Amazon Fire Phone offers 3D views and gesture controls
Amazon has unveiled its first handset, offering 3D visuals - thanks to four face-tracking cameras on its front - and gesture controls.
The Fire Phone allows its user to change an image's perspective by moving their head, rather than creating "pop-out" effects.
The owner can also scroll through a webpage or bring up menus by tilting the smartphone in their hand.
Chief executive Jeff Bezos announced the phone at a press event in Seattle.
One industry watcher had doubts about what was on show.
"We've seen similar gesture controls on Samsung's Galaxy range, and not many people use them," said Francisco Jeronimo, a mobile devices analyst at market research firm IDC.
"Unless the experience is extraordinary it can come across as a gimmick. I'd be surprised if Amazon has succeeded when Samsung hasn't, but I'll need to try it.
The launch comes at a time when Amazon's tablet sales appear to be on the wane, despite recent price promotions.
The basic version of the Fire Phone, with 32 gigabytes (GB) of storage, will cost $199 (£117) on top of a two-year contract with AT&T - the only network to offer it initially - on 25 July.
That is the same price AT&T charges for the 16GB versions of Apple's iPhone 5S and Samsung's Galaxy S5.
The "dynamic perspective" effect is made possible by the inclusion of four "ultra-low power" cameras coupled with four infrared LEDs, which permit the device to keep tracking the position of the user's eyes and mouth in the dark.
The process only requires two cameras, but the firm said the extra two meant users would not need to worry how they held the handset.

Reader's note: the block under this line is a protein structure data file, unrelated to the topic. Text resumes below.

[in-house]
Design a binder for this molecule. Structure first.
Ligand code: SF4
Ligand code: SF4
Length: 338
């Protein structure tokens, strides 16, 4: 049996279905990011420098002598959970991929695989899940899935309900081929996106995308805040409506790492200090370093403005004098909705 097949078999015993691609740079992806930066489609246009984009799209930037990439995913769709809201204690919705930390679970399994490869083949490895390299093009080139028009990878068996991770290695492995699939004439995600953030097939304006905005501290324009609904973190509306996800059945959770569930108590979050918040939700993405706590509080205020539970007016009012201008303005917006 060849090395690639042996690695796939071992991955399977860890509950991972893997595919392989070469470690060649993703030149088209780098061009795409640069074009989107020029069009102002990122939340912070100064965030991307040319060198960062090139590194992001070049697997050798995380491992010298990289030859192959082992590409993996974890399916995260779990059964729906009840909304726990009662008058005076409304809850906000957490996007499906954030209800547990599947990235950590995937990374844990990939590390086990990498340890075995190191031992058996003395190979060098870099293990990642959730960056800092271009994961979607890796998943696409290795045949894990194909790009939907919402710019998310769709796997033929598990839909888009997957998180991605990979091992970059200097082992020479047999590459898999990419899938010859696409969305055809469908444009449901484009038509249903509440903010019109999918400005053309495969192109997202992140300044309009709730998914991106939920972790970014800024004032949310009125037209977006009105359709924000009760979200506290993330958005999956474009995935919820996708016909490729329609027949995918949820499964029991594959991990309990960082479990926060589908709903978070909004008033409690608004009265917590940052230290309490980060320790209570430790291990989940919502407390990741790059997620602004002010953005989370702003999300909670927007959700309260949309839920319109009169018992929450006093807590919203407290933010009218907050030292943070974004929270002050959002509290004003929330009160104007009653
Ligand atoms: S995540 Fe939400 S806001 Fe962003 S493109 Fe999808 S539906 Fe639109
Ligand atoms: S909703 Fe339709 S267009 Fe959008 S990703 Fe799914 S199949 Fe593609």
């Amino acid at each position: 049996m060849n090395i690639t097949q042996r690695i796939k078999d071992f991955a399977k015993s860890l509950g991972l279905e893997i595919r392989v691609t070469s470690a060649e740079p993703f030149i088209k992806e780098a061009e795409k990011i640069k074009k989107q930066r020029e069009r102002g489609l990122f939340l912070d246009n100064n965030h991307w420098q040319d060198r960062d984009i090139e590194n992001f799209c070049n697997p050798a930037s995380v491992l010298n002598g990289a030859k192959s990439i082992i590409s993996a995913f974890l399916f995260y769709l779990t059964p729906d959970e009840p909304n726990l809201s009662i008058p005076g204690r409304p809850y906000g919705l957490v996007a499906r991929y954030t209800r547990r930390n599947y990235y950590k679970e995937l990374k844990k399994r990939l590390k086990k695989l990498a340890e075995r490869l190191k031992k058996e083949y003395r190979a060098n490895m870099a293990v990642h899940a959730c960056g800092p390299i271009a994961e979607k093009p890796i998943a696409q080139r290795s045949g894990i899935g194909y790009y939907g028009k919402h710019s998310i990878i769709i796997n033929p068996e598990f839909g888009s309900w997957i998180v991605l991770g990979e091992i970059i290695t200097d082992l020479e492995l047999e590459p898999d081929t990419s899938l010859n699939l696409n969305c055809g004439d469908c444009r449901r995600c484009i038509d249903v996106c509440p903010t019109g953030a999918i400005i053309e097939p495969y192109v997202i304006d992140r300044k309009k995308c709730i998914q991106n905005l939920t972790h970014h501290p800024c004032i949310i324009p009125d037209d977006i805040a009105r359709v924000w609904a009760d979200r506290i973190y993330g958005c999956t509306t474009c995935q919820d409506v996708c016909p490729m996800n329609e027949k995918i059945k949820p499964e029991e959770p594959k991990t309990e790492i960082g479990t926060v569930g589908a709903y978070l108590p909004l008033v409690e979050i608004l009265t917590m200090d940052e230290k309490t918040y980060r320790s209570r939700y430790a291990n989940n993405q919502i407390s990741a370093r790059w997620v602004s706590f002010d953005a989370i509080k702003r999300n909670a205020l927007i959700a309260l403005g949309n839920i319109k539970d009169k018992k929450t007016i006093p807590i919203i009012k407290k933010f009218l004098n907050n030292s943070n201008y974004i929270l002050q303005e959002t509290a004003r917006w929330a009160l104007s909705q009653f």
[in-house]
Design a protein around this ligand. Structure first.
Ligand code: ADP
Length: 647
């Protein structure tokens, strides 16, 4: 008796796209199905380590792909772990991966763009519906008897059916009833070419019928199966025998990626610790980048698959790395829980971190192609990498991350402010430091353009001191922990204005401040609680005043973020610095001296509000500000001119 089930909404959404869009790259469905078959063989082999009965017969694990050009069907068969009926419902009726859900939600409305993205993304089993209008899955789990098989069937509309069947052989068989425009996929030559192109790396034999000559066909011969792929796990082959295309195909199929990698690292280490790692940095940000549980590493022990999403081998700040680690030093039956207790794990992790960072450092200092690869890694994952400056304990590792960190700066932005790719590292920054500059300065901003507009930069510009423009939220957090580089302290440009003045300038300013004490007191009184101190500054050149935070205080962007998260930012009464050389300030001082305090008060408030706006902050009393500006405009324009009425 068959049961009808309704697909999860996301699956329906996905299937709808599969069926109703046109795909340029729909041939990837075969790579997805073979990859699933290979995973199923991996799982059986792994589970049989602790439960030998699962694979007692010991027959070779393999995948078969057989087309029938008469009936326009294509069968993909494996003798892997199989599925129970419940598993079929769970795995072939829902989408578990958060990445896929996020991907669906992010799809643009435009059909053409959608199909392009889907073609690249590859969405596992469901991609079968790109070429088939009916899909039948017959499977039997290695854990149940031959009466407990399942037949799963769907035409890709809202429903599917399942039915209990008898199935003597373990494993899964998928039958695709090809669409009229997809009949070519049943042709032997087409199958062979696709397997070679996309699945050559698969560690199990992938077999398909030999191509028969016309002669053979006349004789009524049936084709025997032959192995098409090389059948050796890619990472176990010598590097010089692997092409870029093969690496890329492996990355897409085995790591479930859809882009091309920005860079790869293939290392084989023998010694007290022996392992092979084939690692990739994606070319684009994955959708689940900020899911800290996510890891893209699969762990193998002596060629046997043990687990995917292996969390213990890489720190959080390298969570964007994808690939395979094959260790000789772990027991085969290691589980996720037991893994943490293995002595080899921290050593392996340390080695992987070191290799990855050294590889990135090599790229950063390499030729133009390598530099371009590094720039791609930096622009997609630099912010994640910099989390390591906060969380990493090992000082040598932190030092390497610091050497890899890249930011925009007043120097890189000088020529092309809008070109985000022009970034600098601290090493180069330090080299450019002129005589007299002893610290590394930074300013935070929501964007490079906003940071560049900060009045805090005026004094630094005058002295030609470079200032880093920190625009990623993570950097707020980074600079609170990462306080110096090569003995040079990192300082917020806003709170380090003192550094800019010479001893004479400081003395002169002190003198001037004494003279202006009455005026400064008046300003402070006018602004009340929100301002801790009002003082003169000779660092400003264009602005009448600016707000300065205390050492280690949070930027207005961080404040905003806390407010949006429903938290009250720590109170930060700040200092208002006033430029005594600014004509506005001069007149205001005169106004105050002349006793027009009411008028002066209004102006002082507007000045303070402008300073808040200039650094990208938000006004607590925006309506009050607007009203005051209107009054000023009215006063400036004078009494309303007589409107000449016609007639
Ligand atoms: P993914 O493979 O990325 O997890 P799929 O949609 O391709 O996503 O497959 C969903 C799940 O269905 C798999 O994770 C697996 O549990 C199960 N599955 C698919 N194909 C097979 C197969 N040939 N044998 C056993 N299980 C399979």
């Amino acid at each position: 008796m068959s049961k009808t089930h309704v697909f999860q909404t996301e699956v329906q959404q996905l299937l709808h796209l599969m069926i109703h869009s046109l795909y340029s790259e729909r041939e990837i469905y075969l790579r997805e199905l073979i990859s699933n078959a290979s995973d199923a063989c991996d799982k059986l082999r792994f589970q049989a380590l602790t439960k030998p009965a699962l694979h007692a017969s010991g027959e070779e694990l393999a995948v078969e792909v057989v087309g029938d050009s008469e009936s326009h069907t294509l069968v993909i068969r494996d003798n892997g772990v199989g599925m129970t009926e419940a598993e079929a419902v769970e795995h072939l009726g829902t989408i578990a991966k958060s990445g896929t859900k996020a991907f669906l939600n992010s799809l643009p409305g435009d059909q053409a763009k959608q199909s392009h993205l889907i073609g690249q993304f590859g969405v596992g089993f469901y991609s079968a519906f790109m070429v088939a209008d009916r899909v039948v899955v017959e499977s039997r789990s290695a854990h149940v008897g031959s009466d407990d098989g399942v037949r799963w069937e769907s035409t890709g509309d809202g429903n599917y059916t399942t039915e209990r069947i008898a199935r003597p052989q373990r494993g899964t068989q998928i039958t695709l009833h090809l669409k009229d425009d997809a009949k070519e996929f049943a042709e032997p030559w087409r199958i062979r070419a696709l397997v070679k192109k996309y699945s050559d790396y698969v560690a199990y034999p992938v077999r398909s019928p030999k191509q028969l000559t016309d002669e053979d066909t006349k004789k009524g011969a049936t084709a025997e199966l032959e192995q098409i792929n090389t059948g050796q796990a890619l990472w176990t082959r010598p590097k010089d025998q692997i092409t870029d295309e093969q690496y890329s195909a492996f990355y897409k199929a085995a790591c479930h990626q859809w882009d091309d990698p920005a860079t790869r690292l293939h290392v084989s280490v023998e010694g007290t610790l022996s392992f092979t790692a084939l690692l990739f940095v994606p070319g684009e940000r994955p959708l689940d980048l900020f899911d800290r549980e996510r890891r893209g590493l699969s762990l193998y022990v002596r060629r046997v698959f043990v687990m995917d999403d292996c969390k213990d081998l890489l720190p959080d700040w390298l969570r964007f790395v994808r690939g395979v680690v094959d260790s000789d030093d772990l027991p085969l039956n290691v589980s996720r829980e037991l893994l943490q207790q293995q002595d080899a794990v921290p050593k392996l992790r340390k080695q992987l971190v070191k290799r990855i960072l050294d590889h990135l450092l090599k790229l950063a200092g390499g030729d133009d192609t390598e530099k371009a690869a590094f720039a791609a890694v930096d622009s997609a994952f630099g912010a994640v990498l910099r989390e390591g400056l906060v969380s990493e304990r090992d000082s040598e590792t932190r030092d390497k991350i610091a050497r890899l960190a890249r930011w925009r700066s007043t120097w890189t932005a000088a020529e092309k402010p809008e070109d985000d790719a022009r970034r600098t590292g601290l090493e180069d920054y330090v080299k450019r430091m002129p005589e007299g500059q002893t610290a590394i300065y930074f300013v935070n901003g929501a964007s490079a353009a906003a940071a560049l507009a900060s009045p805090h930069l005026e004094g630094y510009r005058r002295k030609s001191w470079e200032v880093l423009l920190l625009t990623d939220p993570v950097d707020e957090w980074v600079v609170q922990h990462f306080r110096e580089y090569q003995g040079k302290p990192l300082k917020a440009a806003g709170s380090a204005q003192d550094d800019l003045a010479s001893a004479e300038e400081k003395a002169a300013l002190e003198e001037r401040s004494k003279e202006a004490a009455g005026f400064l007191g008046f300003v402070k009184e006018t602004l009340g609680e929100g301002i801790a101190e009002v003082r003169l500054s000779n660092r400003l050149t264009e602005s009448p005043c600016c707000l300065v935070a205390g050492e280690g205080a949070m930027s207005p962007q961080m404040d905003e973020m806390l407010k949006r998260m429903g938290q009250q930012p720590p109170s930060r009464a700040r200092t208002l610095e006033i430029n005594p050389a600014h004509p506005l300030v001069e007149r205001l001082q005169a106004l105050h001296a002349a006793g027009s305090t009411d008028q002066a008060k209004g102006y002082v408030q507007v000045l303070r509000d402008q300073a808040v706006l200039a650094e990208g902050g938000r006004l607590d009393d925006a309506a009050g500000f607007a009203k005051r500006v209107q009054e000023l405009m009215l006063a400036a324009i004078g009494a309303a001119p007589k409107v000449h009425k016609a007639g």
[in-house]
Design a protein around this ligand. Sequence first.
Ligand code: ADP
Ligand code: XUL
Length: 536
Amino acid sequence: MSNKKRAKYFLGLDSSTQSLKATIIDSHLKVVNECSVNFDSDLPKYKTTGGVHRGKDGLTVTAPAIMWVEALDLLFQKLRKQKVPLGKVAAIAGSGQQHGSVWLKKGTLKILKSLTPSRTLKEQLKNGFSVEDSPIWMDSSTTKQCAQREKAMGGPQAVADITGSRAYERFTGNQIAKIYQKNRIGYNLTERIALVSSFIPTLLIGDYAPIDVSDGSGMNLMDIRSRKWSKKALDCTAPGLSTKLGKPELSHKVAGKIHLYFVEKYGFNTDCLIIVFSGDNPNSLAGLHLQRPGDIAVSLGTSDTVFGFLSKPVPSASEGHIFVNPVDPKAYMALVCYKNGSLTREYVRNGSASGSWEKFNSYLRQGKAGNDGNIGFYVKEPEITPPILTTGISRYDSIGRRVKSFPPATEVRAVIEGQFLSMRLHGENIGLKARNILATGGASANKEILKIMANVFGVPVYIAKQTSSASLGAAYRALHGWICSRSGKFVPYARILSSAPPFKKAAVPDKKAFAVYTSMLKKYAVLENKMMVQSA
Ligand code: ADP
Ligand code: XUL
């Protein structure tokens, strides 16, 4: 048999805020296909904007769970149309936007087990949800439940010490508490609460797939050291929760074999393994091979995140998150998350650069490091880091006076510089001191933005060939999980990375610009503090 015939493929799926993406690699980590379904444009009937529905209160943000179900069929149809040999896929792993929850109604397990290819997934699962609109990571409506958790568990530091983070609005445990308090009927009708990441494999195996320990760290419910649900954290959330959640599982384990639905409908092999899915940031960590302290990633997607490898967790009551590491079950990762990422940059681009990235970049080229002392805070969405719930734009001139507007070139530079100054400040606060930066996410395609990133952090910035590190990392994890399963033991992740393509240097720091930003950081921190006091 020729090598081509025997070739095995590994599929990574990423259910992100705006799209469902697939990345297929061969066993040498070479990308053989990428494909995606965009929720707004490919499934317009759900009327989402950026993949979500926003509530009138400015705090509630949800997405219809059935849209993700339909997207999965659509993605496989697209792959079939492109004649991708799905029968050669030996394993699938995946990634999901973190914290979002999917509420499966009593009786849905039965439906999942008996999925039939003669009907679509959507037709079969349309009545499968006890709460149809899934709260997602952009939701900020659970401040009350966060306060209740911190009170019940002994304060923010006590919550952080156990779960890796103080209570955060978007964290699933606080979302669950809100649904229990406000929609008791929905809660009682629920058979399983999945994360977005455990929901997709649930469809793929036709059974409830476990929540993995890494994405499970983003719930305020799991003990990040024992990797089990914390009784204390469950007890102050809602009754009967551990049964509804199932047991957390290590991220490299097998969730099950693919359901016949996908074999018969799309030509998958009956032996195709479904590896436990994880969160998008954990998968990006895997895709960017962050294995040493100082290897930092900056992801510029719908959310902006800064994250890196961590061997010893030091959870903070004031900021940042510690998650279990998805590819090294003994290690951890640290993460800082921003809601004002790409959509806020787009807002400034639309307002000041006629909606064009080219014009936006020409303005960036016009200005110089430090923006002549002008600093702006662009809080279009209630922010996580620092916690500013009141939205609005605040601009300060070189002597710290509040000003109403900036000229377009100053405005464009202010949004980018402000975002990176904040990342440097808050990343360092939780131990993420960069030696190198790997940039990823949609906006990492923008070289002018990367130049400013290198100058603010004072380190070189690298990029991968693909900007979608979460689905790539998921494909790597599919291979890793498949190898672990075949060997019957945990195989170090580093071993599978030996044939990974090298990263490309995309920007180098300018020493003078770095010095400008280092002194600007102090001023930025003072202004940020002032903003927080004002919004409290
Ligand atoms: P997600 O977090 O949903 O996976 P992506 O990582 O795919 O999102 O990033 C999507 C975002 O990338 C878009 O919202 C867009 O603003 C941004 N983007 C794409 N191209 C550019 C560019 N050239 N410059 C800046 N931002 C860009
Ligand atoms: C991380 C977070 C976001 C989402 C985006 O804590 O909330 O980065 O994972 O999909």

Mr Bezos gave the example of looking at a dress' design from different angles as an example of how the effect could be used, and showed how a handset could be tilted afterwards to make it move onto another garment.
Another innovation introduced by the Fire Phone is a dedicated side-button to activate Firefly, an app that allows it recognise text, images and sound in the smartphone's immediate vicinity.
It can be used to bring up information - for example details of a wine, the name of a song, or information about a painting - and when relevant, the chance to buy the same or a related product from Amazon.
The facility relies on Amazon's computer servers, so will not be available when the phone is offline.
"Firefly is not just about taking you back to the Amazon store, it's about knowing so much more about consumers - things Amazon would not have known before," noted Carolina Milanesi, from research firm Kantar Worldpanel Comtech.
The device also takes advantage of several other online services the company offers, including:
- Mayday - the ability to call up an Amazon adviser via a video feed, with a promise of a response within 15 seconds
- ASAP - a facility that pre-loads video content to the phone from the firm's Prime Instant Video collection, basing its choices on the user's past viewing behaviour
- Cloud Drive - the firm's internet based storage facility, which is being used to offer "unlimited" space for the photos it takes